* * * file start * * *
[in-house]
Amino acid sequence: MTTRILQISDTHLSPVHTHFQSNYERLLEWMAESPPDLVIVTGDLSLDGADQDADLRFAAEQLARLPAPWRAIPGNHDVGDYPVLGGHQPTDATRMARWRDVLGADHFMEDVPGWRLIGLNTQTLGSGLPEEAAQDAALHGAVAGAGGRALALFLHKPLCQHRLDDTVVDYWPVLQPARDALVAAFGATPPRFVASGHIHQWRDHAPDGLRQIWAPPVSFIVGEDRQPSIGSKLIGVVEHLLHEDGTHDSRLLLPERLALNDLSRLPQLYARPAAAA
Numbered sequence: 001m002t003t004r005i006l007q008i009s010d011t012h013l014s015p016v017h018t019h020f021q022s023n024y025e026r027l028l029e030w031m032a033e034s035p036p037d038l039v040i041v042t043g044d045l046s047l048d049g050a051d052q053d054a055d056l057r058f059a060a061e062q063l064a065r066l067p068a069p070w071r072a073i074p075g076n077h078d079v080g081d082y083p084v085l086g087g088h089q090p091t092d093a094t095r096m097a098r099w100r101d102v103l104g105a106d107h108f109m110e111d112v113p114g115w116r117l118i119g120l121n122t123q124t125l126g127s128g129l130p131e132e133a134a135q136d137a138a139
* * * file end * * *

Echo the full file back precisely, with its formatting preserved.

[in-house]
Amino acid sequence: MTTRILQISDTHLSPVHTHFQSNYERLLEWMAESPPDLVIVTGDLSLDGADQDADLRFAAEQLARLPAPWRAIPGNHDVGDYPVLGGHQPTDATRMARWRDVLGADHFMEDVPGWRLIGLNTQTLGSGLPEEAAQDAALHGAVAGAGGRALALFLHKPLCQHRLDDTVVDYWPVLQPARDALVAAFGATPPRFVASGHIHQWRDHAPDGLRQIWAPPVSFIVGEDRQPSIGSKLIGVVEHLLHEDGTHDSRLLLPERLALNDLSRLPQLYARPAAAA
Numbered sequence: 001m002t003t004r005i006l007q008i009s010d011t012h013l014s015p016v017h018t019h020f021q022s023n024y025e026r027l028l029e030w031m032a033e034s035p036p037d038l039v040i041v042t043g044d045l046s047l048d049g050a051d052q053d054a055d056l057r058f059a060a061e062q063l064a065r066l067p068a069p070w071r072a073i074p075g076n077h078d079v080g081d082y083p084v085l086g087g088h089q090p091t092d093a094t095r096m097a098r099w100r101d102v103l104g105a106d107h108f109m110e111d112v113p114g115w116r117l118i119g120l121n122t123q124t125l126g127s128g129l130p131e132e133a134a135q136d137a138a139